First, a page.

Questions About This Book?
- The Used copy of this book is not guaranteed to inclue any supplemental materials. Typically, only the book itself is included.
“How can we tell where children stand in their physical, cognitive, socioemotional, language, and creative development? Do we test them? Measure them? Compare them?”
This textbook teaches students how to become observers and how to document their findings using one tool: The Child Development Checklist. The author posits that the best method to determine a child’s strengths is for the teacher to observe the young child in the regular classroom based on a particular set of criteria. The reasons for assessing children in this manner are:
It allows students of child development to gain an in-depth understanding of real children and their sequences of growth.
It helps teachers of young children to become aware of each child’s growth and to support individual development with appropriate activities and materials.
Once the child’s strengths have been assessed, the book then provides suitable lesson plans and activities to support the child’s development.
New To This Edition:
NEW! Presents new information on how to become an observer--How to get started, when and how long to observe, what to look for in children, and how to record.
-This is critical for new students and teachers. (See Chapter 1 Ex. p. 9, 11, 12)
NEW! Suggests alternative approaches to child assessment–These include visual documentation, i.e. art, photos, videos, and using documentation panels.
-This is Important for evaluating both children and program. (See Chapter 1 Ex. pp 23-26).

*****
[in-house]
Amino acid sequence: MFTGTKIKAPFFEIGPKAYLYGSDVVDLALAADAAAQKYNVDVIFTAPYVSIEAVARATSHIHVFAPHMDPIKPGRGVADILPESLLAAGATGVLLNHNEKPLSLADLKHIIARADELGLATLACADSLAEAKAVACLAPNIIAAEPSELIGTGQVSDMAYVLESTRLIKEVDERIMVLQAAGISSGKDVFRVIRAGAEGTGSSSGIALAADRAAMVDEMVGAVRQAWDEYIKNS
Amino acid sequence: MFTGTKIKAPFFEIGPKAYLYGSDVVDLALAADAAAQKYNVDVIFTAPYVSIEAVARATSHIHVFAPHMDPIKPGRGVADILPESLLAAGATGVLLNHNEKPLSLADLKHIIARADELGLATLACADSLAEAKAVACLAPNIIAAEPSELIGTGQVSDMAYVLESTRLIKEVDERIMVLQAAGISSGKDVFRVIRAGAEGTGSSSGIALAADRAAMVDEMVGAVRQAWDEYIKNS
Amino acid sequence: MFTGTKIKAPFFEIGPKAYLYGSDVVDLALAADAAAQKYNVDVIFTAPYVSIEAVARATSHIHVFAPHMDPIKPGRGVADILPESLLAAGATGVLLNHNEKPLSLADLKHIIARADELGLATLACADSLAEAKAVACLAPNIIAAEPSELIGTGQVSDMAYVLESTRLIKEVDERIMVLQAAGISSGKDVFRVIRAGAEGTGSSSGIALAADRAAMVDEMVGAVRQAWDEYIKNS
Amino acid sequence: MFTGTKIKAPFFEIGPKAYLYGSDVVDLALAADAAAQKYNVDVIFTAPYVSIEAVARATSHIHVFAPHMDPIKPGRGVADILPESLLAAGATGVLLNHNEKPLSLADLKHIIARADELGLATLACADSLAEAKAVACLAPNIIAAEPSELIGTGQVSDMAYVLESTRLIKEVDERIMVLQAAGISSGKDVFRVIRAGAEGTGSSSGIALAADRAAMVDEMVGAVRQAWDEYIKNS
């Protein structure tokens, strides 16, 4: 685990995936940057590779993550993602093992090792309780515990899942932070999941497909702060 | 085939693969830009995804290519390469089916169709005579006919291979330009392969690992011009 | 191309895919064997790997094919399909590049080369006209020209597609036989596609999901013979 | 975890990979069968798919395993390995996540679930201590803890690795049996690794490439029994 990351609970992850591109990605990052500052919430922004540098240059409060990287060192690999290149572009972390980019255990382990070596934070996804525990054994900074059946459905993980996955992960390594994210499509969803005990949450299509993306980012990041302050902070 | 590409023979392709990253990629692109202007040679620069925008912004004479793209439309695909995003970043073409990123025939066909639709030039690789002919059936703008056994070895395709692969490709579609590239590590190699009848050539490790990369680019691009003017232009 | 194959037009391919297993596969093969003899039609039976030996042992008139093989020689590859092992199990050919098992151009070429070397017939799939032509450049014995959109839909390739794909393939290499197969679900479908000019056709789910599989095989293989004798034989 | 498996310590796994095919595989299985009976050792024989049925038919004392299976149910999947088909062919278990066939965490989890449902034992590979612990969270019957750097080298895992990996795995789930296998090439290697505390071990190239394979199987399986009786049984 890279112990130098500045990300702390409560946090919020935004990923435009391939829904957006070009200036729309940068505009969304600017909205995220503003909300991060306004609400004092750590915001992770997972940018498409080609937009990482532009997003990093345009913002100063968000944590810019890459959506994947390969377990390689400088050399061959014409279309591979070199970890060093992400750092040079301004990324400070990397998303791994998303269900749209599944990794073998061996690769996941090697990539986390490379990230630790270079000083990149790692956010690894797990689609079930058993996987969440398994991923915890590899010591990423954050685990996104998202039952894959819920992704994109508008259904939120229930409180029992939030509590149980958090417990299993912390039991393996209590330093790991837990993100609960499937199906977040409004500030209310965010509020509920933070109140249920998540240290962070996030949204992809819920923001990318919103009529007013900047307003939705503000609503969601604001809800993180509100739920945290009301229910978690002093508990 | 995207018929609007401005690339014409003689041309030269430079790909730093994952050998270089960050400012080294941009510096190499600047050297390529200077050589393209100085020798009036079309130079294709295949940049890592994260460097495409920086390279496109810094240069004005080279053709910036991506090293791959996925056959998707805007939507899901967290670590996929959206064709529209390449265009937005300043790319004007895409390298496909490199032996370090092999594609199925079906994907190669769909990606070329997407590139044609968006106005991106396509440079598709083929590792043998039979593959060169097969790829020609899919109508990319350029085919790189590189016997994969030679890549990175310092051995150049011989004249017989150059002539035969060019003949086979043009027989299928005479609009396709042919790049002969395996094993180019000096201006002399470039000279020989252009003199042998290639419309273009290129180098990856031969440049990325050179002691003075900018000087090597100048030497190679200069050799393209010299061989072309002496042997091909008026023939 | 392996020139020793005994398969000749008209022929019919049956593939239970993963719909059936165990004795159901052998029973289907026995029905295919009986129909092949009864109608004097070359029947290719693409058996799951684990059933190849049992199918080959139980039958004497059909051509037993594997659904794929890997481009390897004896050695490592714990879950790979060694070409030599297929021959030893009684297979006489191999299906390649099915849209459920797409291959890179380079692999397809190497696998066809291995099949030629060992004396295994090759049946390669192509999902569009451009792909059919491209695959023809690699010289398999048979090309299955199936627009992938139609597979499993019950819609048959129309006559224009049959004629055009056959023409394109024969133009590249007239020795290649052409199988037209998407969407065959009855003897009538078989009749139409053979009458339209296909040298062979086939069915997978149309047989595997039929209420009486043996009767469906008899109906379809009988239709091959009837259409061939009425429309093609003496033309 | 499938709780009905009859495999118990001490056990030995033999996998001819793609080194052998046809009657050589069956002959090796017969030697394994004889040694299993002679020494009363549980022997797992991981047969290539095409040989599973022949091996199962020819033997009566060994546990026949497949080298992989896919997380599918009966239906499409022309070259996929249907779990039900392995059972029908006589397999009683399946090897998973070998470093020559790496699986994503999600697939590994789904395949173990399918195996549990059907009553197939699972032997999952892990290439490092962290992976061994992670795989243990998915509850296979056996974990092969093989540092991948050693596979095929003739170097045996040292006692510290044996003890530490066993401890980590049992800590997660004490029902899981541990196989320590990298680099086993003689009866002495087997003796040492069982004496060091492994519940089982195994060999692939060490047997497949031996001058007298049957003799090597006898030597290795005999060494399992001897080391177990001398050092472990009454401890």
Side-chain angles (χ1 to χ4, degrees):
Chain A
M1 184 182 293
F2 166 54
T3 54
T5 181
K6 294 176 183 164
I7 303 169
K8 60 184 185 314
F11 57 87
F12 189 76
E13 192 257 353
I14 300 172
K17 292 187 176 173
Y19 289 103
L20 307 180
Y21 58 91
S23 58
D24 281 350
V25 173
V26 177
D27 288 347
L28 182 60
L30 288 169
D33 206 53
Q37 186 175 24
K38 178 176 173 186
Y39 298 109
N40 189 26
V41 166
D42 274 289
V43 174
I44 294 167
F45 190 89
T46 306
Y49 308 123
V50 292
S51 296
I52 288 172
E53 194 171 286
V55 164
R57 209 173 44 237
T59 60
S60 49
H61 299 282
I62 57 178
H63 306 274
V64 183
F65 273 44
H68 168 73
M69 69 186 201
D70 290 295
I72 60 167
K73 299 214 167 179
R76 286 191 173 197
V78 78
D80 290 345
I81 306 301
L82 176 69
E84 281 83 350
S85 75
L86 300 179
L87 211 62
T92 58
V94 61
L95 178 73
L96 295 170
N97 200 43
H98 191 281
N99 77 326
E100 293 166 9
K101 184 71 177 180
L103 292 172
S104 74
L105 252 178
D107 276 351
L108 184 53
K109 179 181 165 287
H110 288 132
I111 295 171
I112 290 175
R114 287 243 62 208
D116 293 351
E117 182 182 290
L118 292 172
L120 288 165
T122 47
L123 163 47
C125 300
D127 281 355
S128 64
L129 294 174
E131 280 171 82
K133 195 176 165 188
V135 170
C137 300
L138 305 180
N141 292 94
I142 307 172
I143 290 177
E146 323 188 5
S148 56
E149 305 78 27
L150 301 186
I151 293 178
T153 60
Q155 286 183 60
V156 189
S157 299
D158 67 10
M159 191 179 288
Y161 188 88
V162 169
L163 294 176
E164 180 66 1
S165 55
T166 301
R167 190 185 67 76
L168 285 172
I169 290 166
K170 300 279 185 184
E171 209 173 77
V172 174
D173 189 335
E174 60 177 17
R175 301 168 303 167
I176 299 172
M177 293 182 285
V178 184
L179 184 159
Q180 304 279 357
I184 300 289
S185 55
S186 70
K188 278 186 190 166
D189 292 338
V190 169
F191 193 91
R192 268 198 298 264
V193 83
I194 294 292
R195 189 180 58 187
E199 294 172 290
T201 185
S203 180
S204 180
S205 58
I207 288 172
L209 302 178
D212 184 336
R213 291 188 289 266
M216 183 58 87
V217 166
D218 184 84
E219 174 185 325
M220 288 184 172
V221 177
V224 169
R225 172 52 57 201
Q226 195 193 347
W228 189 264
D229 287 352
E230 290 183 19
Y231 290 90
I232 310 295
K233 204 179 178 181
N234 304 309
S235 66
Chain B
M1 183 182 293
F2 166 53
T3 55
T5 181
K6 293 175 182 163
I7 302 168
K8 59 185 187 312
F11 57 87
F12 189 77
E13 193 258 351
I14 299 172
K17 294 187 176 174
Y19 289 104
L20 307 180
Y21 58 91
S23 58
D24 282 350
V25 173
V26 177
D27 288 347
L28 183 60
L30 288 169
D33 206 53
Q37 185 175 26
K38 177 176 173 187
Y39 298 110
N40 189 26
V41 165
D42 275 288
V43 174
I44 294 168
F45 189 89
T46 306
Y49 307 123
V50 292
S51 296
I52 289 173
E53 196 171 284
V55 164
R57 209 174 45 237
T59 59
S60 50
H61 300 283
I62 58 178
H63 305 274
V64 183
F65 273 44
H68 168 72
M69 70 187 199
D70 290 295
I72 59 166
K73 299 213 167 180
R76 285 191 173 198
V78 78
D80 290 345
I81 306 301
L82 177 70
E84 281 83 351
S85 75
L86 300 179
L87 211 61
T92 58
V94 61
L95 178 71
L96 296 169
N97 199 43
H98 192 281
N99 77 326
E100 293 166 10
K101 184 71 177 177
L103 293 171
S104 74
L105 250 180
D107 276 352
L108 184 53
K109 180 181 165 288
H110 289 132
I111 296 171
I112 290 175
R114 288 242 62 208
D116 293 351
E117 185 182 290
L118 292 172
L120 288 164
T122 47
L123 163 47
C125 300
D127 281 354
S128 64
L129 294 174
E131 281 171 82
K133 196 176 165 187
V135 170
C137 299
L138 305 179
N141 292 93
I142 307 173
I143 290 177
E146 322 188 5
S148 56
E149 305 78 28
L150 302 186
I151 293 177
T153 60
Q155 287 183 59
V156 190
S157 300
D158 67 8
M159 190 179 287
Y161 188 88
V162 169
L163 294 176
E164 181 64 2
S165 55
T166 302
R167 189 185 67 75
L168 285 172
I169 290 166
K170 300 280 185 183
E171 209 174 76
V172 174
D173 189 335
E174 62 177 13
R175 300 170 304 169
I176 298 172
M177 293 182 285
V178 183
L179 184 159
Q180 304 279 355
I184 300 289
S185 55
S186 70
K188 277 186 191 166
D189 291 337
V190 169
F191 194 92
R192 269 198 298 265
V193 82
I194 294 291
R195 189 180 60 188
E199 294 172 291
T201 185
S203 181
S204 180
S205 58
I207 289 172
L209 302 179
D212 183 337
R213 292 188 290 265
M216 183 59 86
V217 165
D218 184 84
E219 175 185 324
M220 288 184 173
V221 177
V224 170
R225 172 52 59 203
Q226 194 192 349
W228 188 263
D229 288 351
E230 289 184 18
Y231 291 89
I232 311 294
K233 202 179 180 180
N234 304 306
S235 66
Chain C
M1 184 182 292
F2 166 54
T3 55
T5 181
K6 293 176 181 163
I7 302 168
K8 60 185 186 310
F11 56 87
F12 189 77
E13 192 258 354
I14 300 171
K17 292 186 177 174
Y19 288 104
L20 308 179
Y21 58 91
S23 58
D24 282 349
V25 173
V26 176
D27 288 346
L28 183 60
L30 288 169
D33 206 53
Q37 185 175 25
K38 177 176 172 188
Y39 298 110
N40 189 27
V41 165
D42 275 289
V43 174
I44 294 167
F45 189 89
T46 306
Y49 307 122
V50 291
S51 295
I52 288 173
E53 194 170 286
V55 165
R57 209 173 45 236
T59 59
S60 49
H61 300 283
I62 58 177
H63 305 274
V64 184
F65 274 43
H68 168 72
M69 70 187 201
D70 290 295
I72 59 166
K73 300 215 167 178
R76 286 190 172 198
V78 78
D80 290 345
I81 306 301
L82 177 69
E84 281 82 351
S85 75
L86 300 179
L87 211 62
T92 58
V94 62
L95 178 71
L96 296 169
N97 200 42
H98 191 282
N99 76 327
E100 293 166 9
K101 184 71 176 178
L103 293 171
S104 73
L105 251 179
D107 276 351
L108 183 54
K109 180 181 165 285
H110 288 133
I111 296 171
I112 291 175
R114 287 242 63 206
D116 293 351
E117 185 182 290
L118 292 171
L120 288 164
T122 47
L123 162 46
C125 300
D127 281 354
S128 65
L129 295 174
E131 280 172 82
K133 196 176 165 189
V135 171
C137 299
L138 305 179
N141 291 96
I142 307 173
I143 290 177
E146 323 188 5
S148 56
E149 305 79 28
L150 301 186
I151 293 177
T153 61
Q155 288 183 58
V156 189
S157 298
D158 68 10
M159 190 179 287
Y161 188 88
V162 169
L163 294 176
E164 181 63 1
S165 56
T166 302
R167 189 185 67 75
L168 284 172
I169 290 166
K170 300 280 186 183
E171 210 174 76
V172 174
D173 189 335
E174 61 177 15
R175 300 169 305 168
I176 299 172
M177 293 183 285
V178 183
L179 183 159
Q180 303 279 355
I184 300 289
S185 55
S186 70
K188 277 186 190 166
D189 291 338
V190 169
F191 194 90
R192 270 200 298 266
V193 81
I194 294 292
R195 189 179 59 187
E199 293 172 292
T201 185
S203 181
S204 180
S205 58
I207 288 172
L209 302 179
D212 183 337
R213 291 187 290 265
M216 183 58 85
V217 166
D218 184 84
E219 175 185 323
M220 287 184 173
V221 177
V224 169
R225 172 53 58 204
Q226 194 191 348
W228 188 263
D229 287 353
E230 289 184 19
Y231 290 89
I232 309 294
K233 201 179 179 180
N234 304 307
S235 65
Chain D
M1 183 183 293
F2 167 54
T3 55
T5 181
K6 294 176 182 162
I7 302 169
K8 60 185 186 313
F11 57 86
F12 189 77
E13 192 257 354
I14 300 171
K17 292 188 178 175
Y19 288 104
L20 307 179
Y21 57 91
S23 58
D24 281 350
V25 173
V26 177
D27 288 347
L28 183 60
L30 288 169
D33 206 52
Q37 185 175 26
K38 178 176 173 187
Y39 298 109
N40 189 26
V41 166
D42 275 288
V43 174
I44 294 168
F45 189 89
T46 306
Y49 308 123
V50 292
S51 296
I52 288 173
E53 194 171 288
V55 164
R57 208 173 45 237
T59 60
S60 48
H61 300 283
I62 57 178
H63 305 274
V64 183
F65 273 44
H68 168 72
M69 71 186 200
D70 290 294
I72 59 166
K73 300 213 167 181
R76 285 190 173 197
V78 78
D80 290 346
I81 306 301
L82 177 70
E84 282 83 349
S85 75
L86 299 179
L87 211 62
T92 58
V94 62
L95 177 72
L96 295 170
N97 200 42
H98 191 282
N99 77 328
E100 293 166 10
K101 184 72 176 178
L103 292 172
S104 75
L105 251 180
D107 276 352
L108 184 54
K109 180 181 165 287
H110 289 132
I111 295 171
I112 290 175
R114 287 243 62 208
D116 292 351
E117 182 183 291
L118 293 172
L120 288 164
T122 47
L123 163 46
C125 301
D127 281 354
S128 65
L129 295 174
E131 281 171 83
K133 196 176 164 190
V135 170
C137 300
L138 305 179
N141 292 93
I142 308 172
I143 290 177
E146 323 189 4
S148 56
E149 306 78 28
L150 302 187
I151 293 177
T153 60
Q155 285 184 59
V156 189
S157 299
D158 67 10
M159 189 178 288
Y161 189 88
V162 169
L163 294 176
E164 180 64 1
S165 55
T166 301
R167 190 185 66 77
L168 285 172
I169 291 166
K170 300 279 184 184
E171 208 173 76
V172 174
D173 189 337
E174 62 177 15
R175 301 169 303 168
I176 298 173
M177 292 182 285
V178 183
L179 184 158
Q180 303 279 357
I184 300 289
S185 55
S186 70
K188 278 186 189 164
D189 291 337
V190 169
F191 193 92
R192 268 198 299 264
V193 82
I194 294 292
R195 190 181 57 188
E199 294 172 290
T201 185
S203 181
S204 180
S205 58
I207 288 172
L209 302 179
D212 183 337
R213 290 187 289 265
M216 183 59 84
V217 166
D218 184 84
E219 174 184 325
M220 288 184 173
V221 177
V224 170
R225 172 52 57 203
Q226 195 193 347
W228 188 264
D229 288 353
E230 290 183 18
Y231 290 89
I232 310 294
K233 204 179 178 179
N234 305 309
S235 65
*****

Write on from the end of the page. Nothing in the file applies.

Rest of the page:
NEW! Offers new information on self-esteem in young children–Explains how and why a child should develop a secure attachment relationship with a teacher.
-Sets the stage for child’s success. (See Chapter 3 Ex. pp 81-82).
NEW! Includes new research on the brain showing the importance of physical exercise for children–The research shows that exercises increases brain synapses that improve permanent memory development.
-Even clapping helps. (See Chapter 6, Ex.p.267)
Janice J. Beaty is a professor emerita, Elmira College, Elmira, New York. She is a full-time writer of early childhood college textbooks and a consultant in early childhood education from her home in Cape Coral, Florida. Her textbooks include Skills for Preschool Teachers, Eighth Edition, 50 Early Childhood Literacy Strategies, Second Edition, 50 Early Childhood Guidance Strategies, Early Literacy in Preschool and Kindergarten, Second Edition with Linda Pratt, Building Bridges with Multicultural Picture Books, Safety in Preschool Programs, and Prosocial Guidance for the Preschool Child. She is also engaged in a literacy mentoring program with the Foster Grandparents Program in Columbia, Missouri.
Table of Contents
|Observing and Assessing Childrenrsquo;s Development|
|Collecting and Recording Observational Data|
|Large Motor Development|
|Small Motor Development|
|Table of Contents provided by Publisher. All Rights Reserved.|